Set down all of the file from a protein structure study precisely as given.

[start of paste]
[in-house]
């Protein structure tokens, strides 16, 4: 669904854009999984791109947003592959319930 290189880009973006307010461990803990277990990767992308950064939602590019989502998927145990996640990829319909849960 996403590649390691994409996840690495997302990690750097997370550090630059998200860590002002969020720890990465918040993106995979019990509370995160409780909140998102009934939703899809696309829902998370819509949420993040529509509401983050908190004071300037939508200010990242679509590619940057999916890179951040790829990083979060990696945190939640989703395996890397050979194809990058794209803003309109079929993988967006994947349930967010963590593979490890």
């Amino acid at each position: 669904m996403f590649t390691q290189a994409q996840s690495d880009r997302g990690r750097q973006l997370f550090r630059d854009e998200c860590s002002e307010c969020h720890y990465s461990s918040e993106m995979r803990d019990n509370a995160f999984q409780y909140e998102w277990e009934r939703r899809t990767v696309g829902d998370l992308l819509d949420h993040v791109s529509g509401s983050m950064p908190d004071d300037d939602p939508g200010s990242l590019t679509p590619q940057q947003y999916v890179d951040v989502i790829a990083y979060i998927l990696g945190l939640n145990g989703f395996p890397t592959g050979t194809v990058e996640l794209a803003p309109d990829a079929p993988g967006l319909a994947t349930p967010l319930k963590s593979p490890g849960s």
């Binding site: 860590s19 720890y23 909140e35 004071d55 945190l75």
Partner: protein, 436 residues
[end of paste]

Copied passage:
[in-house]
């Protein structure tokens, strides 16, 4: 669904854009999984791109947003592959319930 290189880009973006307010461990803990277990990767992308950064939602590019989502998927145990996640990829319909849960 996403590649390691994409996840690495997302990690750097997370550090630059998200860590002002969020720890990465918040993106995979019990509370995160409780909140998102009934939703899809696309829902998370819509949420993040529509509401983050908190004071300037939508200010990242679509590619940057999916890179951040790829990083979060990696945190939640989703395996890397050979194809990058794209803003309109079929993988967006994947349930967010963590593979490890």
């Amino acid at each position: 669904m996403f590649t390691q290189a994409q996840s690495d880009r997302g990690r750097q973006l997370f550090r630059d854009e998200c860590s002002e307010c969020h720890y990465s461990s918040e993106m995979r803990d019990n509370a995160f999984q409780y909140e998102w277990e009934r939703r899809t990767v696309g829902d998370l992308l819509d949420h993040v791109s529509g509401s983050m950064p908190d004071d300037d939602p939508g200010s990242l590019t679509p590619q940057q947003y999916v890179d951040v989502i790829a990083y979060i998927l990696g945190l939640n145990g989703f395996p890397t592959g050979t194809v990058e996640l794209a803003p309109d990829a079929p993988g967006l319909a994947t349930p967010l319930k963590s593979p490890g849960s």
């Binding site: 860590s19 720890y23 909140e35 004071d55 945190l75």
Partner: protein, 436 residues